Cork man Stephen Redmond felt that the ocean was ‘a widowmaker’ during a gruelling swim across the Cook Strait yesterday. The 46 year old open water swimmer, from Ballydehob, West Cork, swam the Cook Strait, the stretch of ocean between the North and South Islands of New Zealand, in 13 hours and ten minutes.
He had set out set out from Arapawa Island in the Marlborough Sounds at 7am to swim to Mana, where he planned to arrive by 7pm, but tough conditions meant it was nearly midnight when he finished. He was greeted by over 100 supporters from the Irish community. Speaking from his hotel room in Wellington this morning, Mr Redmond – who was very tired and a little sunburnt – said he had “an awful lot of luck” in completing yesterday’s crossing.
“Every time you stopped you could lose ten metres,” he said. “It took two hours to swim a kilometre and a half. It’s like building a statue out of stones, it beats you mentally and physically.”
He had support from a team of paramedics and the organisers of the Irish People in New Zealand group, who helped with accommodation and training upon his arrival in the country on Monday.
“It was quite humbling to have people like that help me,” he said. “You come to Wellington and you feel like you’ve been here before. We’re very lucky to have a group of Irish people like that here.”
Each hour during the swim he took on protein drinks and high carbs to keep his energy levels up.
However, the main difficulty was, he found, in maintaining his emotional and mental spirits.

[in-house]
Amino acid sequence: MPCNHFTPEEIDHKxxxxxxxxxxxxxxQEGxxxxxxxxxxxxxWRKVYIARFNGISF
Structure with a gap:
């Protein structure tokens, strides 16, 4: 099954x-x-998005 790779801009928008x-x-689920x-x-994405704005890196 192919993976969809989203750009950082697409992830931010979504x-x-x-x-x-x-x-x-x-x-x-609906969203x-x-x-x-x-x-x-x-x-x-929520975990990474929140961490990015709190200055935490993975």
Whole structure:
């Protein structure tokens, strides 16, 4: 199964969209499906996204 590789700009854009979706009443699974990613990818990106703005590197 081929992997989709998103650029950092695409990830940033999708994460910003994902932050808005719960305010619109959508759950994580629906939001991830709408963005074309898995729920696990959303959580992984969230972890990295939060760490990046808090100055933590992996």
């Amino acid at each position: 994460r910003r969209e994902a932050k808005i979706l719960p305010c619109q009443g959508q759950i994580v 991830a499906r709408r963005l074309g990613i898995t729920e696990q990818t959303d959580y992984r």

“When you get into the water you spend the whole time thinking about getting out.”
A series of mantras about his family and supporters got him through, coupled with advice and expertise from New Zealand’s decorated ocean swimmer Philip Rush, who travelled alongside in a boat.
“I really thought it was trying to kill me and did not like me … there’s days when the water just doesn’t like you and it can be a widowmaker,” said Mr Redmond.
He is hoping to become the first person to complete the Ocean’s Seven challenge, which involves swimming the Irish Channel, the Cook Strait, the Moloka’i Channel between O’ahu and Moloka’i Islands in Hawaii, the English Channel, the Catalina Channel near LA, the Tsugaru Channel in Japan, and the Strait of Gibraltar.
He said he hoped his swims were raising awareness off the sport and helping with fundraising for an autism centre in West Cork.
“It’s all self-funded and we have no major sponsors because it’s a loo-loo sport … and nobody really gets it,” he joked.